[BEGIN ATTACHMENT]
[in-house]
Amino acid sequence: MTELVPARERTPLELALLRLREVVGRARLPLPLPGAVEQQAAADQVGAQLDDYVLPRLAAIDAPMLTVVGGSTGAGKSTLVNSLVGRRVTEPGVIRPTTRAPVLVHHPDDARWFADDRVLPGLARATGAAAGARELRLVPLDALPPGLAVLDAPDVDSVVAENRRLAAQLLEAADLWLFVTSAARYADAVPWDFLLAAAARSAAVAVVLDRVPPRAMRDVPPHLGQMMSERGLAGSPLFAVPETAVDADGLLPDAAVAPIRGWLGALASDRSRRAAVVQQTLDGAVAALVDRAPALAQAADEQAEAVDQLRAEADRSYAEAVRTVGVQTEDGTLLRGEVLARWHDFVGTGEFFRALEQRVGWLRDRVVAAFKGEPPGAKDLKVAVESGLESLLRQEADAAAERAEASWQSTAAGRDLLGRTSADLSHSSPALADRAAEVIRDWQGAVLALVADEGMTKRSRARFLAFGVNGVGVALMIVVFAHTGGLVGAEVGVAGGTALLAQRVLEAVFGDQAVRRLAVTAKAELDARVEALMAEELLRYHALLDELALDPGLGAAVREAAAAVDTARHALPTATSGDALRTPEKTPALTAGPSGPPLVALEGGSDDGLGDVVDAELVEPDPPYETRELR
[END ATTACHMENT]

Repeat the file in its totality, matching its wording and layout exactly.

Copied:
[in-house]
Amino acid sequence: MTELVPARERTPLELALLRLREVVGRARLPLPLPGAVEQQAAADQVGAQLDDYVLPRLAAIDAPMLTVVGGSTGAGKSTLVNSLVGRRVTEPGVIRPTTRAPVLVHHPDDARWFADDRVLPGLARATGAAAGARELRLVPLDALPPGLAVLDAPDVDSVVAENRRLAAQLLEAADLWLFVTSAARYADAVPWDFLLAAAARSAAVAVVLDRVPPRAMRDVPPHLGQMMSERGLAGSPLFAVPETAVDADGLLPDAAVAPIRGWLGALASDRSRRAAVVQQTLDGAVAALVDRAPALAQAADEQAEAVDQLRAEADRSYAEAVRTVGVQTEDGTLLRGEVLARWHDFVGTGEFFRALEQRVGWLRDRVVAAFKGEPPGAKDLKVAVESGLESLLRQEADAAAERAEASWQSTAAGRDLLGRTSADLSHSSPALADRAAEVIRDWQGAVLALVADEGMTKRSRARFLAFGVNGVGVALMIVVFAHTGGLVGAEVGVAGGTALLAQRVLEAVFGDQAVRRLAVTAKAELDARVEALMAEELLRYHALLDELALDPGLGAAVREAAAAVDTARHALPTATSGDALRTPEKTPALTAGPSGPPLVALEGGSDDGLGDVVDAELVEPDPPYETRELR